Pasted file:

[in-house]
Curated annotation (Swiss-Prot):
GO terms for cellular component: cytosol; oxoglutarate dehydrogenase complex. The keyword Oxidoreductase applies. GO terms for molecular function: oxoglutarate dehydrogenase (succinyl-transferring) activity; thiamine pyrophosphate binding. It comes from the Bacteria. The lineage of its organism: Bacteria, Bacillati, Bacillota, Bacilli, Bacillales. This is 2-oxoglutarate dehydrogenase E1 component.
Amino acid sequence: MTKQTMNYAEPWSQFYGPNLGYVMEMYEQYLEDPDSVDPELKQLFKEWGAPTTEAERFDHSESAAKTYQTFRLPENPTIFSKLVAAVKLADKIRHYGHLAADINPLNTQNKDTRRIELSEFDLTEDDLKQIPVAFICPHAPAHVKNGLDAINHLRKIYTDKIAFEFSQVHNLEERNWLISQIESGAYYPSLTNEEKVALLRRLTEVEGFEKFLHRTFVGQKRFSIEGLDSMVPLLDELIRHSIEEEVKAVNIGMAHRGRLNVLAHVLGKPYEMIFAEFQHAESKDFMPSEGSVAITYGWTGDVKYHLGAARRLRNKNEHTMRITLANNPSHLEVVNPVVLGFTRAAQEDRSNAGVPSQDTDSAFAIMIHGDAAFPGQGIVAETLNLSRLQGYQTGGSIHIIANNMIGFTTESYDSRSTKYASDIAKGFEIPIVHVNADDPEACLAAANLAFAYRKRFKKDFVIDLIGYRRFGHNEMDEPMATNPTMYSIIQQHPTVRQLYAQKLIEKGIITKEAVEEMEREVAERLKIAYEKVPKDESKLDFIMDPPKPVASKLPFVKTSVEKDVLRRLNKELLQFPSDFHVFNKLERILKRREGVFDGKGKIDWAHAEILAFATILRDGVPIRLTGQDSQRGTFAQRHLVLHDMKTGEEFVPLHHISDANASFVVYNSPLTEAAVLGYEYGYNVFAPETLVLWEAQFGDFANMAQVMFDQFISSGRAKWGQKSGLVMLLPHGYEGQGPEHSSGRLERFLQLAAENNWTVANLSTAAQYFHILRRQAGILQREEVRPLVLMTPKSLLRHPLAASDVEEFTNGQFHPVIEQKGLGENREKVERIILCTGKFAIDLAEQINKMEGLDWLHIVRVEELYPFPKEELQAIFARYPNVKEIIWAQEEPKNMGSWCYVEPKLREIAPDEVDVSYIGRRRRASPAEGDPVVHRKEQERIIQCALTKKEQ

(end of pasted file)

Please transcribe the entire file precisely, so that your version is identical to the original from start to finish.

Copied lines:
[in-house]
Curated annotation (Swiss-Prot):
GO terms for cellular component: cytosol; oxoglutarate dehydrogenase complex. The keyword Oxidoreductase applies. GO terms for molecular function: oxoglutarate dehydrogenase (succinyl-transferring) activity; thiamine pyrophosphate binding. It comes from the Bacteria. The lineage of its organism: Bacteria, Bacillati, Bacillota, Bacilli, Bacillales. This is 2-oxoglutarate dehydrogenase E1 component.
Amino acid sequence: MTKQTMNYAEPWSQFYGPNLGYVMEMYEQYLEDPDSVDPELKQLFKEWGAPTTEAERFDHSESAAKTYQTFRLPENPTIFSKLVAAVKLADKIRHYGHLAADINPLNTQNKDTRRIELSEFDLTEDDLKQIPVAFICPHAPAHVKNGLDAINHLRKIYTDKIAFEFSQVHNLEERNWLISQIESGAYYPSLTNEEKVALLRRLTEVEGFEKFLHRTFVGQKRFSIEGLDSMVPLLDELIRHSIEEEVKAVNIGMAHRGRLNVLAHVLGKPYEMIFAEFQHAESKDFMPSEGSVAITYGWTGDVKYHLGAARRLRNKNEHTMRITLANNPSHLEVVNPVVLGFTRAAQEDRSNAGVPSQDTDSAFAIMIHGDAAFPGQGIVAETLNLSRLQGYQTGGSIHIIANNMIGFTTESYDSRSTKYASDIAKGFEIPIVHVNADDPEACLAAANLAFAYRKRFKKDFVIDLIGYRRFGHNEMDEPMATNPTMYSIIQQHPTVRQLYAQKLIEKGIITKEAVEEMEREVAERLKIAYEKVPKDESKLDFIMDPPKPVASKLPFVKTSVEKDVLRRLNKELLQFPSDFHVFNKLERILKRREGVFDGKGKIDWAHAEILAFATILRDGVPIRLTGQDSQRGTFAQRHLVLHDMKTGEEFVPLHHISDANASFVVYNSPLTEAAVLGYEYGYNVFAPETLVLWEAQFGDFANMAQVMFDQFISSGRAKWGQKSGLVMLLPHGYEGQGPEHSSGRLERFLQLAAENNWTVANLSTAAQYFHILRRQAGILQREEVRPLVLMTPKSLLRHPLAASDVEEFTNGQFHPVIEQKGLGENREKVERIILCTGKFAIDLAEQINKMEGLDWLHIVRVEELYPFPKEELQAIFARYPNVKEIIWAQEEPKNMGSWCYVEPKLREIAPDEVDVSYIGRRRRASPAEGDPVVHRKEQERIIQCALTKKEQ